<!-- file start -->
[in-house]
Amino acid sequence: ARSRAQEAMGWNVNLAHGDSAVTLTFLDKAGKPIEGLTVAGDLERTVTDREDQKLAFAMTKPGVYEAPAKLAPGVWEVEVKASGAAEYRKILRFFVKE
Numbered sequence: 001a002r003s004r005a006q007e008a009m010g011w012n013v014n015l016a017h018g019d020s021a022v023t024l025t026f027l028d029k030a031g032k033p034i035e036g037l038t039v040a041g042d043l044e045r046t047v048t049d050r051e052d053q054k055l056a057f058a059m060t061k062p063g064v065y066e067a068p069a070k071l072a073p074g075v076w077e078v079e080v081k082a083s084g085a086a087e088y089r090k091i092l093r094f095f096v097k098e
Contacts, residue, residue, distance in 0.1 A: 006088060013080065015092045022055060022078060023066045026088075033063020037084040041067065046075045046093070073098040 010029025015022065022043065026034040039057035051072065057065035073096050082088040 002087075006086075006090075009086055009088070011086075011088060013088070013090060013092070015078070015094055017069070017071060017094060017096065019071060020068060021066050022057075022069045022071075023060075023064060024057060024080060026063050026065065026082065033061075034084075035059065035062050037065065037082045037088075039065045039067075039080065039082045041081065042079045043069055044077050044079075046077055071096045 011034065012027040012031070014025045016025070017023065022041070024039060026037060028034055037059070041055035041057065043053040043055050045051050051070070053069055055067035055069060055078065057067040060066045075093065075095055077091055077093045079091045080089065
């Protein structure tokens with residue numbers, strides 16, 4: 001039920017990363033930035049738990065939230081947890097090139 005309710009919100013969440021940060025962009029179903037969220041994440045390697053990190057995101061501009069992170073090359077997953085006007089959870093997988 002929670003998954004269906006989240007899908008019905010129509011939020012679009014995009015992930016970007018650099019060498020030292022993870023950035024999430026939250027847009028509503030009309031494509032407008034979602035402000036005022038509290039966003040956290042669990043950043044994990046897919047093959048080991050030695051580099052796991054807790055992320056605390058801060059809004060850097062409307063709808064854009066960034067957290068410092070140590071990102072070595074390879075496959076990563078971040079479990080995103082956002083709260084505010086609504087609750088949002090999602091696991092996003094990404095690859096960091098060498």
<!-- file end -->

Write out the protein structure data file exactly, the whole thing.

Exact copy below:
[in-house]
Amino acid sequence: ARSRAQEAMGWNVNLAHGDSAVTLTFLDKAGKPIEGLTVAGDLERTVTDREDQKLAFAMTKPGVYEAPAKLAPGVWEVEVKASGAAEYRKILRFFVKE
Numbered sequence: 001a002r003s004r005a006q007e008a009m010g011w012n013v014n015l016a017h018g019d020s021a022v023t024l025t026f027l028d029k030a031g032k033p034i035e036g037l038t039v040a041g042d043l044e045r046t047v048t049d050r051e052d053q054k055l056a057f058a059m060t061k062p063g064v065y066e067a068p069a070k071l072a073p074g075v076w077e078v079e080v081k082a083s084g085a086a087e088y089r090k091i092l093r094f095f096v097k098e
Contacts, residue, residue, distance in 0.1 A: 006088060013080065015092045022055060022078060023066045026088075033063020037084040041067065046075045046093070073098040 010029025015022065022043065026034040039057035051072065057065035073096050082088040 002087075006086075006090075009086055009088070011086075011088060013088070013090060013092070015078070015094055017069070017071060017094060017096065019071060020068060021066050022057075022069045022071075023060075023064060024057060024080060026063050026065065026082065033061075034084075035059065035062050037065065037082045037088075039065045039067075039080065039082045041081065042079045043069055044077050044079075046077055071096045 011034065012027040012031070014025045016025070017023065022041070024039060026037060028034055037059070041055035041057065043053040043055050045051050051070070053069055055067035055069060055078065057067040060066045075093065075095055077091055077093045079091045080089065
């Protein structure tokens with residue numbers, strides 16, 4: 001039920017990363033930035049738990065939230081947890097090139 005309710009919100013969440021940060025962009029179903037969220041994440045390697053990190057995101061501009069992170073090359077997953085006007089959870093997988 002929670003998954004269906006989240007899908008019905010129509011939020012679009014995009015992930016970007018650099019060498020030292022993870023950035024999430026939250027847009028509503030009309031494509032407008034979602035402000036005022038509290039966003040956290042669990043950043044994990046897919047093959048080991050030695051580099052796991054807790055992320056605390058801060059809004060850097062409307063709808064854009066960034067957290068410092070140590071990102072070595074390879075496959076990563078971040079479990080995103082956002083709260084505010086609504087609750088949002090999602091696991092996003094990404095690859096960091098060498």